It's been a while since I've posted a new video of my suspicionless homeland security checkpoint encounters along SR86 in Southern Arizona but on Friday February 25, 2011, the actions of Border Patrol field supervisor Trevino who seized me at the primary stop location near mile marker 147 managed to bring me out of hibernation. Unlike most of my other encounters over the last year or so, Agent Trevino didn't just wave me through but rather wanted me to roll down my window. When I politely declined Trevino's invitation to give him access to the interior of my vehicle, he decided to detain me at the checkpoint until the K9 handler was through harassing another unlucky soul in secondary inspection and had time to divert the dog's attention to me.
While waiting, I asked Trevino who his supervisor was which prompted him to indicate he was the supervisor and arrogantly declare he was the one asking questions here not me. Perhaps forgetting he was merely a public servant in a country where individuals have rights, I reminded Trevino that everyone (in the Border Patrol) has a supervisor and I was also asking questions. Trevino then proceeded to ignore me while continuing the detention. In fact, he ignored me so much, he failed to ask any questions or show any interest in my immigration status.
Given that the only legitimate purpose of an immigration checkpoint removed from the border is to make immigration queries, it was pretty obvious Trevino knew I was traveling within the country lawfully but continued detaining me in violation of Border Patrol policy and federal supreme court case law anyway. He did this in order to allow the K9 handler time to bring his drug-sniffing dog around to my vehicle. This represented an extended detention absent reasonable suspicion, let alone probable cause, that I was transporting anything illegal in the vehicle (assuming the dog wasn't trained to detect which vehicle occupants are lawfully in the country and which aren't...)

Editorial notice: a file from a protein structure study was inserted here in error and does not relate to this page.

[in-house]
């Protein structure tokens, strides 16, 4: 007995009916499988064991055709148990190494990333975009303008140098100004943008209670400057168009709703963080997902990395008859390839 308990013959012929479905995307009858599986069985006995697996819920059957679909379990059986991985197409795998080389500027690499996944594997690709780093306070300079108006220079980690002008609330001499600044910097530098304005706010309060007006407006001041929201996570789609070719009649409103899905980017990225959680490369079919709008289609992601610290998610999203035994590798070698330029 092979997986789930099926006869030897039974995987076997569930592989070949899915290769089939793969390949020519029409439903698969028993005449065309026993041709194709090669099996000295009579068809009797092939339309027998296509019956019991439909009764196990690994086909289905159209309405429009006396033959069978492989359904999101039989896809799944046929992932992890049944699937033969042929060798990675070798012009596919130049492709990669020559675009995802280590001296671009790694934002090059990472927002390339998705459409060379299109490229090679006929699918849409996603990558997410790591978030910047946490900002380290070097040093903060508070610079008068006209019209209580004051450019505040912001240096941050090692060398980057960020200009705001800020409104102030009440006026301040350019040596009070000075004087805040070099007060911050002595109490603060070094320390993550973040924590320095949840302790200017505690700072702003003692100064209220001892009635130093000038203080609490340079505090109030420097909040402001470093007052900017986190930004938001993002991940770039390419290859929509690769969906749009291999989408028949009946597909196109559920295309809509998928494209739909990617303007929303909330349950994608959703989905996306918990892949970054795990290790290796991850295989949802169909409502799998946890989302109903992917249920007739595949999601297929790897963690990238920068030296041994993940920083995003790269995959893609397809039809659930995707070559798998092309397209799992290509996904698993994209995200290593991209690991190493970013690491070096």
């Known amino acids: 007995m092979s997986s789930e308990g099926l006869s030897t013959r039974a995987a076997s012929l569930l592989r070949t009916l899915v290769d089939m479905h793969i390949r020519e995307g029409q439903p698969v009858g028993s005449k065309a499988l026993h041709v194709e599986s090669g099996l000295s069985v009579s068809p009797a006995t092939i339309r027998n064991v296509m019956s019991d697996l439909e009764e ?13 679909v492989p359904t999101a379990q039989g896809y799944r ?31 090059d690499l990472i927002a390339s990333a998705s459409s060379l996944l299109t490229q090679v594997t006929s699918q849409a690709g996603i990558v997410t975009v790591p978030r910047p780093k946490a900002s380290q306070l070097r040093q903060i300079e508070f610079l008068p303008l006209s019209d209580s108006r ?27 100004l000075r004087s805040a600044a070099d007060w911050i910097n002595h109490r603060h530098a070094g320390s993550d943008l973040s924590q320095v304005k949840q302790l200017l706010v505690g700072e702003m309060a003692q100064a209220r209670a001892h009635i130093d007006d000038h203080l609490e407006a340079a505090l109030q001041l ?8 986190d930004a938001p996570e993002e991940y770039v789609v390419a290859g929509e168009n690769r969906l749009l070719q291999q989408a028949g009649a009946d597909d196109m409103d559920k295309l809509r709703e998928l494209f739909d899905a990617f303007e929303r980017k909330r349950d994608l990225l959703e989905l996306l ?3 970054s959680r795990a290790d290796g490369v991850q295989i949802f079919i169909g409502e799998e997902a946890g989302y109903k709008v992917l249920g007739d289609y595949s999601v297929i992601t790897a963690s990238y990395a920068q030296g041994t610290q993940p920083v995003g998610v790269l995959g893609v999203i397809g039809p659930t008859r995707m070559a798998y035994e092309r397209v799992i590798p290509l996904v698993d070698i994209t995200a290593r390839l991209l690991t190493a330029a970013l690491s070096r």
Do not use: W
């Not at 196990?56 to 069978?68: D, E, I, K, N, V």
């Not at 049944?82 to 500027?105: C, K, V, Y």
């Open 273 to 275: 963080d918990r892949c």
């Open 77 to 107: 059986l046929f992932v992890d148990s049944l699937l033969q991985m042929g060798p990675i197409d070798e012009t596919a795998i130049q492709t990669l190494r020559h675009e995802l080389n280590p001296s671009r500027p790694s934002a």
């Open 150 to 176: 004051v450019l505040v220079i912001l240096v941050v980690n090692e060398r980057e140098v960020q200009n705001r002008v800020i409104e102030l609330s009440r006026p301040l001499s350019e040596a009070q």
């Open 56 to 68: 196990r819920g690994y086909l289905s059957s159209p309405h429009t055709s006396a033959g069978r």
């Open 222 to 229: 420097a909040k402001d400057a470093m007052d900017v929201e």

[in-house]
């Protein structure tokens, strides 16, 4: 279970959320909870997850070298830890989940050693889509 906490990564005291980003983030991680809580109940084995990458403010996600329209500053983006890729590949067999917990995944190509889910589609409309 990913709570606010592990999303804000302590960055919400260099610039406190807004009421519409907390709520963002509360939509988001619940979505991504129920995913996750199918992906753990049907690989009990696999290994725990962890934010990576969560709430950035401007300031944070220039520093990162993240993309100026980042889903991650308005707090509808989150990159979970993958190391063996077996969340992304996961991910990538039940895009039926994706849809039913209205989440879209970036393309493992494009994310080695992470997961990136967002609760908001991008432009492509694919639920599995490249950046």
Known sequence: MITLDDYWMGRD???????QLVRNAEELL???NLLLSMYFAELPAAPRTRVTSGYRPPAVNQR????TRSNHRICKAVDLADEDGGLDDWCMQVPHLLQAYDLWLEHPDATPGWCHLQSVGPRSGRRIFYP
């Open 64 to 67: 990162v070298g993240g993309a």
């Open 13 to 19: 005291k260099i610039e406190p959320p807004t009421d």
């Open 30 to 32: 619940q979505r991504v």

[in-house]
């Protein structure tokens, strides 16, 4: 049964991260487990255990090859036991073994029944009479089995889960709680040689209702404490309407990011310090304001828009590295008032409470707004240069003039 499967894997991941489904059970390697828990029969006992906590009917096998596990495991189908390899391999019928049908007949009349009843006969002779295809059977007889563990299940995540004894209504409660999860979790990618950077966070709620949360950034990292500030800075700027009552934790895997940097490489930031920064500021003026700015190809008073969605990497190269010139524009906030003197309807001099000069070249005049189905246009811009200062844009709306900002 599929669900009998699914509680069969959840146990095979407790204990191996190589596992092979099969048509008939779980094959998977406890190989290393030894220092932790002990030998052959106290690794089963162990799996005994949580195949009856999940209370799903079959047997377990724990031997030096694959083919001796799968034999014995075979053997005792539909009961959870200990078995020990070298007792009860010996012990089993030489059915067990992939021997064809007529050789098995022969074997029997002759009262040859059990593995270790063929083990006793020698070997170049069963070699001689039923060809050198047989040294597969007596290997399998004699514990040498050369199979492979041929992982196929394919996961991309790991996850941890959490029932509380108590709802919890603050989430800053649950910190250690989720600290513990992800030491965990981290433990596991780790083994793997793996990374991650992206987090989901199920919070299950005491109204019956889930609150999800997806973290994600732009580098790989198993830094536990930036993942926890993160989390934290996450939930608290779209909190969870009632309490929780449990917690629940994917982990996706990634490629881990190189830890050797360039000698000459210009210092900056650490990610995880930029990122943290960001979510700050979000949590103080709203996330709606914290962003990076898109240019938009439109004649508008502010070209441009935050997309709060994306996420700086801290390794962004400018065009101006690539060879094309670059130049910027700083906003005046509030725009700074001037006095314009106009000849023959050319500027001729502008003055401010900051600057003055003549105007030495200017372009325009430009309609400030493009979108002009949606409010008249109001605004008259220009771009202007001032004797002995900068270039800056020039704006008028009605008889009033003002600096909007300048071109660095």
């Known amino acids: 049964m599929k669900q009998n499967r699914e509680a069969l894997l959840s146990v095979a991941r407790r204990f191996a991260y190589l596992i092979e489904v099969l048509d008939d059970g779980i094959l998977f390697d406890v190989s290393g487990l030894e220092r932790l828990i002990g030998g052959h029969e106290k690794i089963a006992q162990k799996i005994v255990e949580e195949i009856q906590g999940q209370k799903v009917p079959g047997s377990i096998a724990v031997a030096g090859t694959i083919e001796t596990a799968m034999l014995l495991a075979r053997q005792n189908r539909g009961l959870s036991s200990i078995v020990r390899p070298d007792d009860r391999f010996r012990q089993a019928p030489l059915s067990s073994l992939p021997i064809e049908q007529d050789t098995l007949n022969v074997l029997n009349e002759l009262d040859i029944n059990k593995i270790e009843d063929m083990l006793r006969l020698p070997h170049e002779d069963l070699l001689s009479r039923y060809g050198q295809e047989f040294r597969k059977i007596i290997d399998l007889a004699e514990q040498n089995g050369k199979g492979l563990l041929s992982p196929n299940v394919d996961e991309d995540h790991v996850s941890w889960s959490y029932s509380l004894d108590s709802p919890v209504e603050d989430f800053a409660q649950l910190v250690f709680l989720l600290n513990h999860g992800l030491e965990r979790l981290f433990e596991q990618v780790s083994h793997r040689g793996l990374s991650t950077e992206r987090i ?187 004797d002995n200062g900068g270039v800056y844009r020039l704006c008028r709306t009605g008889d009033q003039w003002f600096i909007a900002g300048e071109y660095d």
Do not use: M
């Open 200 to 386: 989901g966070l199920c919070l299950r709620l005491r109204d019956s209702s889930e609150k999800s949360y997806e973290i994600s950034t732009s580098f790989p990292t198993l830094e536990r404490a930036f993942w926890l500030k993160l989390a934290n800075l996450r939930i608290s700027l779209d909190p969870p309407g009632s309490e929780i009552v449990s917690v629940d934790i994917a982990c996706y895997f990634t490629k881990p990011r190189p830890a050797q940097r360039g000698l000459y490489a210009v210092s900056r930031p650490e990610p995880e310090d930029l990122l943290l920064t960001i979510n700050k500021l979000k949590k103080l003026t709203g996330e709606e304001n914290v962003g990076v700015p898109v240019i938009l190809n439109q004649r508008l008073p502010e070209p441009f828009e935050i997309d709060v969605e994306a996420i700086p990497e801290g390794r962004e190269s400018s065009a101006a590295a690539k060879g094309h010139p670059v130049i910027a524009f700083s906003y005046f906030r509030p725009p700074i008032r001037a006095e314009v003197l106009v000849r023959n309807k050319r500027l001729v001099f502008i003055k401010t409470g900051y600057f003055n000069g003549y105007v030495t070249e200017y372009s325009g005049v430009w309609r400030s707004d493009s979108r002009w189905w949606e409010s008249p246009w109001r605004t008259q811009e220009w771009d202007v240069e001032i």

The handler brought his dog over to and around my vehicle. Towards the end of the video just prior to being waved through, the handler allowed his dog to jump up on my vehicle & its nails to slide down the paneling showing that not only do these agents have no respect for the rule of law but no respect for private property either.
Towards the end of the video clip, I included a section of video from Steven Anderson's court appearance back in December of 2009. Additional information regarding Anderson's experience at a suspicionless internal checkpoint can be found here.
Finally, to place this within proper geographic context, the suspicionless homeland security checkpoint depicted in this article, where armed Border Patrol agents (who aren't actually patrolling the border) hang out to harass domesitc traffic absent individualized suspicion, is located along an East-West highway over forty miles North of the border and never intersects the border at any point. Rather, it connects local communities in Southern Arizona and local residents have no recourse but to put up with this crap on a daily basis while going about their lives and trying to get to and from work.
Welcome to Checkpoint USA!
"What was the purpose of asking for the name of Trevino's supervisor? Would that have been to point out the illegality of the extended detention"
"so why didn't he divert to secondary in this case? Would you speculate on that?"
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Welcome to Checkpoint USA's blog. Here you'll find general information and discussions regarding growing threats to our right to privacy & travel.
While I refer to court cases along with state and federal law frequently in this blog, nothing written here should be construed as legal advice. I am not an attorney. Rather, I'm someone concerned about the growing disregard for individual rights present at all levels of government.
My conclusions are my own based upon personal experience and research. The law is made purposely complex however and varies significantly from place to place and circumstance to circumstance.
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